for animal feed use, you are responsible for ensuring your overall operation and the products you manufacture and

distribute are in compliance with the law. You should take prompt action to correct these violations, and you should

establish a system whereby violations do not recur. Failure to promptly correct these violations may result in regulatory

action, such as seizure and/or injunction, without further notice.

You should notify this office in writing within 15 working days of receiving this letter, outlining the specific steps you

have taken to bring your firm into compliance with the law. Your response should include an explanation of each step

taken to correct the violations and prevent their recurrence. If corrective action cannot be completed within 15 working

days, state the reason for the delay and the date by which the corrections will be completed. Include copies of any

available documentation demonstrating corrections have been made.

Your reply should be directed to Mark W. Rivero, Compliance Officer, U.S. Food and Drug Administration, 2424

Edenborn Avenue, Suite 410, Metairie, Louisiana 70001. If you have questions regarding any issue in this letter, please

contact Mr. Rivero at (504) 219-8818, extension 103.

Sincerely,

/S

Carol S. Sanchez

Acting District Director

New Orleans District

http://www.fda.gov/foi/warning_letters/g5883d.htm

WHY still now only partial ruminant feed ban, with the fact that now we seem to have 3 cases of nvCJD to humans i.e.

humanbovineTSE that were responsible from blood, and the fact the last 2 mad cows documented in the USA were that

of an Atypical strain, would it not seem prudent to remove blood as well from ruminant feed ?

WOULD it not seem prudent to improve and expand the SRM list now? as per your own thinking ;

> If transmission occurs, tissue distribution comparisons will be made between cattle

Page 89 of 98

8/3/2006

> infected with the atypical BSE isolate and the U.S. BSE isolate. Differences in

> tissue distribution could require new regulations regarding specific risk material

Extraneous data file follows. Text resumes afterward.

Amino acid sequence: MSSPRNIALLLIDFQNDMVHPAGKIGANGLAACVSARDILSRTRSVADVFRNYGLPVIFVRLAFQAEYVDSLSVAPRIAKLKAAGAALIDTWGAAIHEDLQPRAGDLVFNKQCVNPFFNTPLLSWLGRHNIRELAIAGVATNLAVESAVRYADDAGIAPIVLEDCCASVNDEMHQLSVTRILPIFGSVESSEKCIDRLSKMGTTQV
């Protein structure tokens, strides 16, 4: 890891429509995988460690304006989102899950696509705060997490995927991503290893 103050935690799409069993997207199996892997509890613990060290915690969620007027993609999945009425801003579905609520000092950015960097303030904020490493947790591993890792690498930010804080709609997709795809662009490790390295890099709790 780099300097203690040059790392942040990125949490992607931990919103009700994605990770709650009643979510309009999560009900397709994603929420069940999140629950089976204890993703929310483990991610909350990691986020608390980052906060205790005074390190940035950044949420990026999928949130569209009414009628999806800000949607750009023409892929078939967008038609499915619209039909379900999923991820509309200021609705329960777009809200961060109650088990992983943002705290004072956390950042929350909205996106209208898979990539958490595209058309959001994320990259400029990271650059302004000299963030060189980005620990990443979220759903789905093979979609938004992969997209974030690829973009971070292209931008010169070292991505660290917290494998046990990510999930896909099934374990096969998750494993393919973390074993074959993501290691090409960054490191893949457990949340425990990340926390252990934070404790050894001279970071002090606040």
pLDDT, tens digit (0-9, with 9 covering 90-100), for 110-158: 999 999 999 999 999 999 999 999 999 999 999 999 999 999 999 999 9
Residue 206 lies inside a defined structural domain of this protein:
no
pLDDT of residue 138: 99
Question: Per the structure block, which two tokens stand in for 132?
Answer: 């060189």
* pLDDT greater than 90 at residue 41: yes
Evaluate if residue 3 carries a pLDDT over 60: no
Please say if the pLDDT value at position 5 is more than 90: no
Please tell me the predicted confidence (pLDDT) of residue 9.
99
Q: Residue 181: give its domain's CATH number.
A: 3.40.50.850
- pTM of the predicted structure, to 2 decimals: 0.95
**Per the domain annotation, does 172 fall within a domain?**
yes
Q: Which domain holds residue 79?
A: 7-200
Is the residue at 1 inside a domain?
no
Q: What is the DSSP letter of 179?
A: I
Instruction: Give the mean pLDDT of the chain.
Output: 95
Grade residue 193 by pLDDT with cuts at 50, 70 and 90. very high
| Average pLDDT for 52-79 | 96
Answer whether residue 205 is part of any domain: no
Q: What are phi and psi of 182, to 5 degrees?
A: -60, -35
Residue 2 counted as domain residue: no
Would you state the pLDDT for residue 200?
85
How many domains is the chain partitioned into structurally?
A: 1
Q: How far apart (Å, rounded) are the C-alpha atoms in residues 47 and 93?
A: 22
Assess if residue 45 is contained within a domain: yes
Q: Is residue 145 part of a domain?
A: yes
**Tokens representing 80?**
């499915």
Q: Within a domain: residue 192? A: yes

> (SRM) removal.

FULL text ;

Research Project: Study of Atypical Bse

Location: Virus and Prion Diseases of Livestock

Project Number: 3625-32000-073-07

Project Type: Specific C/A

Start Date: Sep 15, 2004

End Date: Sep 14, 2007

Objective:

The objective of this cooperative research project with Dr. Maria Caramelli from the Italian BSE Reference Laboratory

in Turin, Italy, is to conduct comparative studies with the U.S. bovine spongiform encephalopathy (BSE) isolate and

the atypical BSE isolates identified in Italy. The studies will cover the following areas: 1. Evaluation of present

diagnostics tools used in the U.S. for the detection of atypical BSE cases. 2. Molecular comparison of the U.S. BSE

isolate and other typical BSE isolates with atypical BSE cases. 3. Studies on transmissibility and tissue distribution of

atypical BSE isolates in cattle and other species.

Approach:

This project will be done as a Specific Cooperative Agreement with the Italian BSE Reference Laboratory, Istituto

Zooprofilattico Sperimentale del Piemonte, in Turin, Italy. It is essential for the U.S. BSE surveillance program to

analyze the effectiveness of the U.S diagnostic tools for detection of atypical cases of BSE. Molecular comparisons of

the U.S. BSE isolate with atypical BSE isolates will provide further characterization of the U.S. BSE isolate.

Transmission studies are already underway using brain homogenates from atypical BSE cases into mice, cattle and

sheep. It will be critical to see whether the atypical BSE isolates behave similarly to typical BSE isolates in terms of

transmissibility and disease pathogenesis. If transmission occurs, tissue distribution comparisons will be made between

cattle infected with the atypical BSE isolate and the U.S. BSE isolate. Differences in tissue distribution could require

new regulations regarding specific risk material (SRM) removal.

http://www.ars.usda.gov/research/projects/projects.htm?ACCN_NO=408490

HOWEVER, JAPAN has already shown infectivity in tissues other than CNS in there atypical TSE in cattle, so why

should we wait, and expose many to this agent needlessly, since the last two mad cows in the USA were also atypical

TSE ?

Page 90 of 98

8/3/2006

PrPSc distribution of a natural case of bovine spongiform encephalopathy

Yoshifumi Iwamaru, Yuka Okubo, Tamako Ikeda, Hiroko Hayashi, Mori- kazu Imamura, Takashi Yokoyama and

Morikazu Shinagawa

Priori Disease Research Center, National Institute of Animal Health, 3-1-5 Kannondai, Tsukuba 305-0856 Japan

gan@affrc.go.jp

Abstract